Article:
There has been a change in focus in the energy market since the arrival of the sugar drinks levy. Priyanka Jethwa showcases an industry catering for customers’ health concerns
What are the biggest trends in the low-sugar energy drinks category?
With increasing importance placed on the health agenda over the past year, emphasised by the introduction of the sugar levy in April, a growing number of shoppers are gravitating toward sugar-free options in the energy drinks category. Therefore, according to Mark Bell, strategy and planning manager at Red Bull, retailers must invest in diet energy drinks, which represent 11% of the total sports and energy drinks category. “With over half of shoppers walking away from a chiller if there is no low-sugar option, investing in a selection of low-sugar drinks will encourage more 18-34-year-olds, who want to cut down on sugar without giving up on energy, to make a purchase,” he says. Adrian Troy, marketing director at Barr Soft Drinks, adds that despite sugar being an important component when it comes to delivering energy, low-calorie energy drinks have increased in sales by nearly 30% compared to last year, with the company’s Rockstar Revolt variant tapping into this burgeoning trend. “Rockstar Revolt has launched with two 500ml varieties, Killer Citrus and Killer Cooler. Both are zero-sugar energy drinks that still give consumers an energy boost, despite being sugar-free,” he says.
What are the biggest trends in the functional energy drinks category?
Energy drinks are currently driving the growth in the soft drinks category, 54% ahead of cola sales, and within this, a demand for caffeine-free and sugar-free drinks is bringing in new shoppers and incremental sales. “People are increasingly worried about the long-term health impact of their choice of drinks, with six out of 10 shoppers believing energy drinks are bad for their health,” says Trystan Farnworth, commercial director for convenience and impulse at Britvic. Offering a range of functional energy options, such as Purdey’s, appeals to health-conscious consumers looking for an energy boost from vitamins, as opposed to added sugar or taurine, he adds. Nutritious breakfast drinks that provide energy are also growing, at 20% year on year, and according to Gavin Loftus, head of brand at Weetabix Drinks, retailers should stock breakfast drinks in both the chilled and ambient aisles to make the most out of this opportunity. “Weetabix drinks offer a bottled breakfast that contains all the energy, protein and fibre of a typical Weetabix cereal with milk in resealable 250ml bottles. We’ve recently refreshed the packaging and introducing traffic light labelling on-pack to make it easier for shoppers to make a quick, informed choice,” he says.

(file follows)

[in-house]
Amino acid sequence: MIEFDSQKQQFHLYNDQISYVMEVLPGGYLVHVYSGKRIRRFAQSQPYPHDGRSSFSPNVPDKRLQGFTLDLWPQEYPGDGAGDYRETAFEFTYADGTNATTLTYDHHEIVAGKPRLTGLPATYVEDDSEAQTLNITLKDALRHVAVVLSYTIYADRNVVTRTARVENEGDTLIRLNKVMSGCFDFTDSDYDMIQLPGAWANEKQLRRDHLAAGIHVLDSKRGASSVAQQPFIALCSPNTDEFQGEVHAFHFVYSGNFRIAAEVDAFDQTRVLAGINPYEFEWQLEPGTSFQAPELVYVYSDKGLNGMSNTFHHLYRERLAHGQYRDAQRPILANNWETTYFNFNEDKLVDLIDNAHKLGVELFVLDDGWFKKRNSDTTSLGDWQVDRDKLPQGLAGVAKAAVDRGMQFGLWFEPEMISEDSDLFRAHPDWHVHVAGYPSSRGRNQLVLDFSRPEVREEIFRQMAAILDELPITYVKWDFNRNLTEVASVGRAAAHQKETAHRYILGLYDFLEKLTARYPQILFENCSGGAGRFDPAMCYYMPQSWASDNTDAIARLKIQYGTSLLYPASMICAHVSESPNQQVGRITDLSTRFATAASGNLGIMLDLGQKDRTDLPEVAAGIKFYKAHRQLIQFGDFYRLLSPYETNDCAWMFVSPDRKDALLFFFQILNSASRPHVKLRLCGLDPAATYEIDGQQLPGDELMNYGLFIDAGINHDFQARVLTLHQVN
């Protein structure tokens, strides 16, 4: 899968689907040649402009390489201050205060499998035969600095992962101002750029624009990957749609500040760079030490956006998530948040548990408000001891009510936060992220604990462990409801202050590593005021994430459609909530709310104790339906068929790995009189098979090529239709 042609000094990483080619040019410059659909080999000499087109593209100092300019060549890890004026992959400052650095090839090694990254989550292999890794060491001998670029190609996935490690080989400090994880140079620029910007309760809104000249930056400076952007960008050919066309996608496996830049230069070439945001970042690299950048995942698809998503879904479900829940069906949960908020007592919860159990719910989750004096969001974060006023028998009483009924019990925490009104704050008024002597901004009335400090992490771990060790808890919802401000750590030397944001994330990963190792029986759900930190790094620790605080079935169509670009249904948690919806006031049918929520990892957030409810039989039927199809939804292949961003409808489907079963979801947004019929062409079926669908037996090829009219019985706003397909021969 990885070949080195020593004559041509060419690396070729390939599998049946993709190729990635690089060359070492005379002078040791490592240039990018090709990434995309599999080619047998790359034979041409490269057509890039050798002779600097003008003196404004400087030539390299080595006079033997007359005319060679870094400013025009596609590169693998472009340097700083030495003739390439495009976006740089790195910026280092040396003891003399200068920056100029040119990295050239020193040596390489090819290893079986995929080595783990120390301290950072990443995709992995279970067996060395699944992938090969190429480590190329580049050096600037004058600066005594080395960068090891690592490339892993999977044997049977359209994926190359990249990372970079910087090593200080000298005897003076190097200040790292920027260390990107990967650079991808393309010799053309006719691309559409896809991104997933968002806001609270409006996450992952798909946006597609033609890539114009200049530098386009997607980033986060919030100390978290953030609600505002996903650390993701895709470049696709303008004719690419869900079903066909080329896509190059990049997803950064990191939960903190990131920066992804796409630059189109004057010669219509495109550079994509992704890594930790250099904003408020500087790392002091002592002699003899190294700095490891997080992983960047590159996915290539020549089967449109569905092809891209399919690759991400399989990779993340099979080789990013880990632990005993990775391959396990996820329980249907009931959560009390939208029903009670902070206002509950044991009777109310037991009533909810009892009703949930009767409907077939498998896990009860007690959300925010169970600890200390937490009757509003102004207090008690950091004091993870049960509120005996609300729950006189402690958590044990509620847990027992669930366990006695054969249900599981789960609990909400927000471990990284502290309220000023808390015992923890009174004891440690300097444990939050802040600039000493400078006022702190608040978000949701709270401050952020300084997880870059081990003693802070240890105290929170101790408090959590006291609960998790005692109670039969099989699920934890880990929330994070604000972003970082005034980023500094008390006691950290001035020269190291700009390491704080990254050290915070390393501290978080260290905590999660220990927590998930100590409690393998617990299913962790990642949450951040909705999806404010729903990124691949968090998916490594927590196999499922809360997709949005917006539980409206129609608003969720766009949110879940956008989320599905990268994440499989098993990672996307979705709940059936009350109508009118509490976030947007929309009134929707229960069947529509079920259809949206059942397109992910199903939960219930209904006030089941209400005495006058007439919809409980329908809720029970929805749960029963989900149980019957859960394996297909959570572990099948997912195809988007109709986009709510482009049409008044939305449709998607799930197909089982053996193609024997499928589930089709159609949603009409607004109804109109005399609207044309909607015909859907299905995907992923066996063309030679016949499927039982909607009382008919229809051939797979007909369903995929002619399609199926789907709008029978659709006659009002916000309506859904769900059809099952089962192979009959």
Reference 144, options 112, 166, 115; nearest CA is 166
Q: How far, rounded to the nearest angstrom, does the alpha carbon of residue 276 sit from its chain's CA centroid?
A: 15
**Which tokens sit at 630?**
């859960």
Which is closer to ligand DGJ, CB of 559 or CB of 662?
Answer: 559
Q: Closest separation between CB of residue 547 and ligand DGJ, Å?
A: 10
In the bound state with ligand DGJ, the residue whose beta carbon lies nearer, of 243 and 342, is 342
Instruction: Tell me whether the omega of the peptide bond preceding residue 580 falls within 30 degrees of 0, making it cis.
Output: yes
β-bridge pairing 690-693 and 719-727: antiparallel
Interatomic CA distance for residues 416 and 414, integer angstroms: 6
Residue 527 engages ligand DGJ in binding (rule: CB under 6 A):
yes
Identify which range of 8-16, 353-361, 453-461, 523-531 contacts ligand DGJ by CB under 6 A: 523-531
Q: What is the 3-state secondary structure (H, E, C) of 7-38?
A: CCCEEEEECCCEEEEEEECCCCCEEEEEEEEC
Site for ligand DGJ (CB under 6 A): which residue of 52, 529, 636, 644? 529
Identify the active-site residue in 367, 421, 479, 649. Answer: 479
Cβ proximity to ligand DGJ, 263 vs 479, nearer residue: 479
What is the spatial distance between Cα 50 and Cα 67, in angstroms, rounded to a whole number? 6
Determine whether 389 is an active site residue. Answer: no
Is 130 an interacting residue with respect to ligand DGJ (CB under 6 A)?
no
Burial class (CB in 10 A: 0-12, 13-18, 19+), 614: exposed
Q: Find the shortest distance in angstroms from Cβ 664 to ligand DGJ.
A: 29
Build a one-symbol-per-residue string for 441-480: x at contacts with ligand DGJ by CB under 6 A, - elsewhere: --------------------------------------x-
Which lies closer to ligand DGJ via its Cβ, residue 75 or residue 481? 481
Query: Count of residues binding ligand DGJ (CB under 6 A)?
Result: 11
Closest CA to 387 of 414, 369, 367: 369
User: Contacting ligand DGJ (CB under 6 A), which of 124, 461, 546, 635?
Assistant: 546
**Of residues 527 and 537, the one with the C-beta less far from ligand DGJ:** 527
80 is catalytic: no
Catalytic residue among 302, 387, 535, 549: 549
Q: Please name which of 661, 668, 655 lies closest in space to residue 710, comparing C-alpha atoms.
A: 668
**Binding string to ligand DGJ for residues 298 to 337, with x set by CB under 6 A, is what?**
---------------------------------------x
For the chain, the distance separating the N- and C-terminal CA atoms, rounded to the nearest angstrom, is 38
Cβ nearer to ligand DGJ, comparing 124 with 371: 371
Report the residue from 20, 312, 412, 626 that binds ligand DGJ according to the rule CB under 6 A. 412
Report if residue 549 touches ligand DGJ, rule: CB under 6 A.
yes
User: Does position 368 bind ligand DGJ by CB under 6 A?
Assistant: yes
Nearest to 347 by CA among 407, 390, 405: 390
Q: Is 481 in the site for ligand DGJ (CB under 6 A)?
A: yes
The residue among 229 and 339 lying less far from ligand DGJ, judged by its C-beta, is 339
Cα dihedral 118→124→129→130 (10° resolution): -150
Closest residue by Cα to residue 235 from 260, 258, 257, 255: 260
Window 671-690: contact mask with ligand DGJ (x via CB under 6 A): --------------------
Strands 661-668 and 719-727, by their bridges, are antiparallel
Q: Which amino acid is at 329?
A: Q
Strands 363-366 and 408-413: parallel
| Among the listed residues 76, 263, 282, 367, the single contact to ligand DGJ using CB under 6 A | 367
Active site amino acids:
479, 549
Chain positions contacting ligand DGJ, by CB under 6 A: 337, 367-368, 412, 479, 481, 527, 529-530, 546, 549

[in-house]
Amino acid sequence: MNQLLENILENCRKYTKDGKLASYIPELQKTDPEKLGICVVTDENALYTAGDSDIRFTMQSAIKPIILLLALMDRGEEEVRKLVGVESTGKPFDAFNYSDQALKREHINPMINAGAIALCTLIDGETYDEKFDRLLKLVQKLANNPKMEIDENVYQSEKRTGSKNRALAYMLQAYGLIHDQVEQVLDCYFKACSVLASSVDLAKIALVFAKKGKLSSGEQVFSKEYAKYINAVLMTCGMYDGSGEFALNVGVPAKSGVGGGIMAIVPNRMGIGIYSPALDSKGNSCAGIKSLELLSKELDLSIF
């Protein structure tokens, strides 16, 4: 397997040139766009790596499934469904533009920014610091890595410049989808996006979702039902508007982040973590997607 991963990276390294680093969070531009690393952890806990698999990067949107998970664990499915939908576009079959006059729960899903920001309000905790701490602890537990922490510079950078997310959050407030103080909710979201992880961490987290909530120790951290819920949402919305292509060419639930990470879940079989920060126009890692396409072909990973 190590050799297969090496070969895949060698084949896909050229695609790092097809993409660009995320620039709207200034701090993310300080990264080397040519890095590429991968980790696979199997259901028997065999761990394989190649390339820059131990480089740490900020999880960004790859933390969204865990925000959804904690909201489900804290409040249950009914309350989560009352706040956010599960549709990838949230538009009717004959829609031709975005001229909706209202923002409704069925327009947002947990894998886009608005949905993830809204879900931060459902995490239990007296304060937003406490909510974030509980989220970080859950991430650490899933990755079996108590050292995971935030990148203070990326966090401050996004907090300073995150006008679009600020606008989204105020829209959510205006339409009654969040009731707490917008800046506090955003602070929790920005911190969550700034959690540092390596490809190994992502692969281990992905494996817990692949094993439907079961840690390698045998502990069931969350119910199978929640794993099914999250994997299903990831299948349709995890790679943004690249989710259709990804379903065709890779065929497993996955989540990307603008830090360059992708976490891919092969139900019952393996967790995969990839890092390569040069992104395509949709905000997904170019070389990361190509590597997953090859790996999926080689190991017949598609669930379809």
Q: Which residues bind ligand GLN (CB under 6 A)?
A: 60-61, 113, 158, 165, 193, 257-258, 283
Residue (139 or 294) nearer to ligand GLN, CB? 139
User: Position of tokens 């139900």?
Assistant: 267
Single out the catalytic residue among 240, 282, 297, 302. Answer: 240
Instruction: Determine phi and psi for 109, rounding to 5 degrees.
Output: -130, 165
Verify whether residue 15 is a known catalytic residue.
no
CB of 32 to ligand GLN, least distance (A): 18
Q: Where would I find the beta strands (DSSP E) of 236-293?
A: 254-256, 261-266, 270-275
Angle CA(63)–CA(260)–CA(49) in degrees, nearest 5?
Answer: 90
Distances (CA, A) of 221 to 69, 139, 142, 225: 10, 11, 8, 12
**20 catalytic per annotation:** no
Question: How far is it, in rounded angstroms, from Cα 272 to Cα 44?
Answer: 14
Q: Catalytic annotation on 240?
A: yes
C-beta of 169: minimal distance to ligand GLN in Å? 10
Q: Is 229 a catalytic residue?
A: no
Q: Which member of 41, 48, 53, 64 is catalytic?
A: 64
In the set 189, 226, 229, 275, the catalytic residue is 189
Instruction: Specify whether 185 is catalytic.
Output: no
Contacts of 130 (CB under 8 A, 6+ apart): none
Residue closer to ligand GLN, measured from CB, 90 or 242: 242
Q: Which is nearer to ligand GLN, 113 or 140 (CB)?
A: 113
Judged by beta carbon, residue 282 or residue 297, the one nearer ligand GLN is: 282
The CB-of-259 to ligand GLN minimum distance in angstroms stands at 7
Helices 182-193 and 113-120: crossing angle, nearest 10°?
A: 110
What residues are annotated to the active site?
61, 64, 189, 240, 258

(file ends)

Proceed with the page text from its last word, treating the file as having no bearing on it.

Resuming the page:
People want energy, but they are equally interested in taste
What are the biggest trends in the flavoured energy drinks category?
Offering shoppers a variety of flavours is important to make sure you are differentiating your range from other stores that offer the same standard energy drink flavours. Mark Young, managing director at Intercarabao UK, says “By providing new and unusual flavours, retailers can maintain the interest of their customers, and divert conversation to new energy drinks which are below the sugar content threshold.” To tap into this trend, Carabao has introduced Carabao Mandarin Orange, which is the first product in the range made to taste like a soft drink, but is still classed as an energy drink, suited to people who don’t enjoy the taste of regular energy drinks. Amy Burgess, trade communications manager at Coca-Cola European Partners, says the company’s Monster Energy Ultra range, which includes four fruit flavours, grew by almost 14% last year, demonstrating the demand for flavoured options in the energy category. “In February this year, we launched a fifth variant to the Ultra family, Monster Energy Ultra Violet, which is a citrus-grape flavour, tapping into the surge in popularity for innovative flavours in the energy category.”